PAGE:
Roni Savage has taken her firm Jomas Associates from the kitchen table to leading light in Goldman Sachs’ small businesses programme.
Two years ago, geotechnical engineer Roni Savage had no profile photos on her social media pages. Her business, Jomas Associates, was growing through referrals and raising her profile or marketing the firm simply was not top of her to-do list.
That absence of a photo not only reflected where the business was at, but it also reflected where the industry was at in terms of stereotypes.
“Roni Savage – you make a mental assumption of what I look like and I can guarantee 99.9% of the time it’s not me. I walk into the meeting and say ‘hi I’m Roni Savage’ and their expressions…” she tails off laughing.
New growth path
But since then a lot has changed. Savage has taken the business down a new path to increase its growth rate and, as managing director of Jomas Associates, she has personally stepped into the limelight to help raise the profile of women in engineering and encourage more girls to join the profession.
“Every meeting I walked in to, the other people looked nothing like me. There just weren’t the role models and I think it’s one of my jobs to be a role model,” she says.
Savage started her career as a graduate engineering geologist at Harrison Group, before becoming a senior consultant at Bettridge Turner and Partners (BTP), and then associate director at Parsons Brinckerhoff, now WSP. In was during this time that she began to form the idea of the sort of company she would like to run, particularly inspired by the supportive environment at BTP.
They challenged me considerably, and when you are challenged you step up to the plate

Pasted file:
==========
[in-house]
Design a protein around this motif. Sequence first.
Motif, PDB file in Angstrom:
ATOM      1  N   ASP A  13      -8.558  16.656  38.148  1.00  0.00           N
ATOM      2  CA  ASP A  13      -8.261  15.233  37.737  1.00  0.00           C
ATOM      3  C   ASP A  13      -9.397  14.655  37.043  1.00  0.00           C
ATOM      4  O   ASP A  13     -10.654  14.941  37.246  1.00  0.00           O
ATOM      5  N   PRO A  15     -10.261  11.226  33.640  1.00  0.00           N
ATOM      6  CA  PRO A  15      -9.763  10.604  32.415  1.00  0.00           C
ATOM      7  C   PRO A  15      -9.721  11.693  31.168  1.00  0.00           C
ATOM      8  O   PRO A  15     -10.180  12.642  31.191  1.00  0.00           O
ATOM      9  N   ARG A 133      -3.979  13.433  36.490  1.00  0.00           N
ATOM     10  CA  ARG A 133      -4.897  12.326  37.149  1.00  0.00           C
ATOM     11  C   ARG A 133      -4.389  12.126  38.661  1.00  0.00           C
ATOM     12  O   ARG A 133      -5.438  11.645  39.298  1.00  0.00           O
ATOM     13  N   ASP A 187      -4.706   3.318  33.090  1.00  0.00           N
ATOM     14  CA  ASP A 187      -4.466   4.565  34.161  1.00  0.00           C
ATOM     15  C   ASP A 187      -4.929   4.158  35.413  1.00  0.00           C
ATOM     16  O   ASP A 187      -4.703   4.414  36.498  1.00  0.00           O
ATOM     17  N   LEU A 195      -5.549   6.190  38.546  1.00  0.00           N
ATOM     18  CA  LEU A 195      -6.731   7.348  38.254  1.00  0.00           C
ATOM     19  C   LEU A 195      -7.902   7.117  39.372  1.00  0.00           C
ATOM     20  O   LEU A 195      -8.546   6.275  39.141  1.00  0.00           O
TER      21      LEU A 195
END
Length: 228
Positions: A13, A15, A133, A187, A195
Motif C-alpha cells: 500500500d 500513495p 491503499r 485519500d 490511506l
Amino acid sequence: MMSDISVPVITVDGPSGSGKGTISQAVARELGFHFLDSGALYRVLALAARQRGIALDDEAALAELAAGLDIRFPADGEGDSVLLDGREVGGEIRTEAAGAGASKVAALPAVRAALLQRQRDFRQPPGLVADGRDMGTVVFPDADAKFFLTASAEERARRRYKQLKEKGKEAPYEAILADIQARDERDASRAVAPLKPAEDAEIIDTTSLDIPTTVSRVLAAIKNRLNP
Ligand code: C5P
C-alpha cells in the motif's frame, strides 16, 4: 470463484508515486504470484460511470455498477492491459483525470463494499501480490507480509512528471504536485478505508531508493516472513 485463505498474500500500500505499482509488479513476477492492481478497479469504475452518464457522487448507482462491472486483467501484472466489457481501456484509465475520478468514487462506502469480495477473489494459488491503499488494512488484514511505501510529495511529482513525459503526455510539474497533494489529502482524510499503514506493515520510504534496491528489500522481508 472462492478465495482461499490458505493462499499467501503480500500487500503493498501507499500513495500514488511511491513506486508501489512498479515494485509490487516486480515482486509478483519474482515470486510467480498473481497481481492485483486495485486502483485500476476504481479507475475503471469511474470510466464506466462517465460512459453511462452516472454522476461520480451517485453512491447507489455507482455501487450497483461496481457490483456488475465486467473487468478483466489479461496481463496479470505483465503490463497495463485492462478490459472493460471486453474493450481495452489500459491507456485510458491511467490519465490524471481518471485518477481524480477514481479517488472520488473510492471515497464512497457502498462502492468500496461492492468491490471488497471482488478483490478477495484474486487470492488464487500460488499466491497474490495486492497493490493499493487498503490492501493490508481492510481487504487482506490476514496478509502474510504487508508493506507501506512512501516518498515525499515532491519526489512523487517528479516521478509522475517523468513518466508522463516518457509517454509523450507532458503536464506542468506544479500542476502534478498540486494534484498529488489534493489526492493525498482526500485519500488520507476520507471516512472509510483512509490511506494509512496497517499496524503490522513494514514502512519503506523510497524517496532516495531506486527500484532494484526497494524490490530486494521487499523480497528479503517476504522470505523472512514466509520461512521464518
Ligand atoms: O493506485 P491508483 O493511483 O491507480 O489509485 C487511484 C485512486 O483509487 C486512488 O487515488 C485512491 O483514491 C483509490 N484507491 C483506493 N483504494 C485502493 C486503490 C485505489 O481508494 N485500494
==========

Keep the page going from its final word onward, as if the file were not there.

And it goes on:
“From day one they realised I was quite ambitious and they wanted to support me as much as I was willing to progress. I was never excluded from any opportunity, I was always put forward to represent the company, they challenged me considerably, and when you are challenged you step up to the plate,” she says.
Savage recalls as a young graduate engineer being given a white van, hi-vis jacket and boots and spending her working week travelling around the country between different sites managing diggers and drillers. Perhaps growing up with four brothers helped, she admits, but she says she learnt to always approach each situation with confidence.
“It does bring challenges. You go back in the van and think ‘how am I going to deal with this?’
“My approach to this is that when you’re faced with a scenario, put your best foot forward. I present my confident self all the time,” she says.
Strong work ethic
From talking to Savage, it is clear that she has a very strong work ethic. When discussing how she balanced having children with her career, she appreciated the flexibility she was given, but repaid it with hard work.
It was when she had two young children that Savage came to a point where she wanted to change the balance of work and home in her life, so she decided to set up on her own in 2009.
“In setting up on my own, one of the critical things for me was that I really enjoyed the BTP set up. I wanted to have a company providing a high level of customer service, with quality,” she says.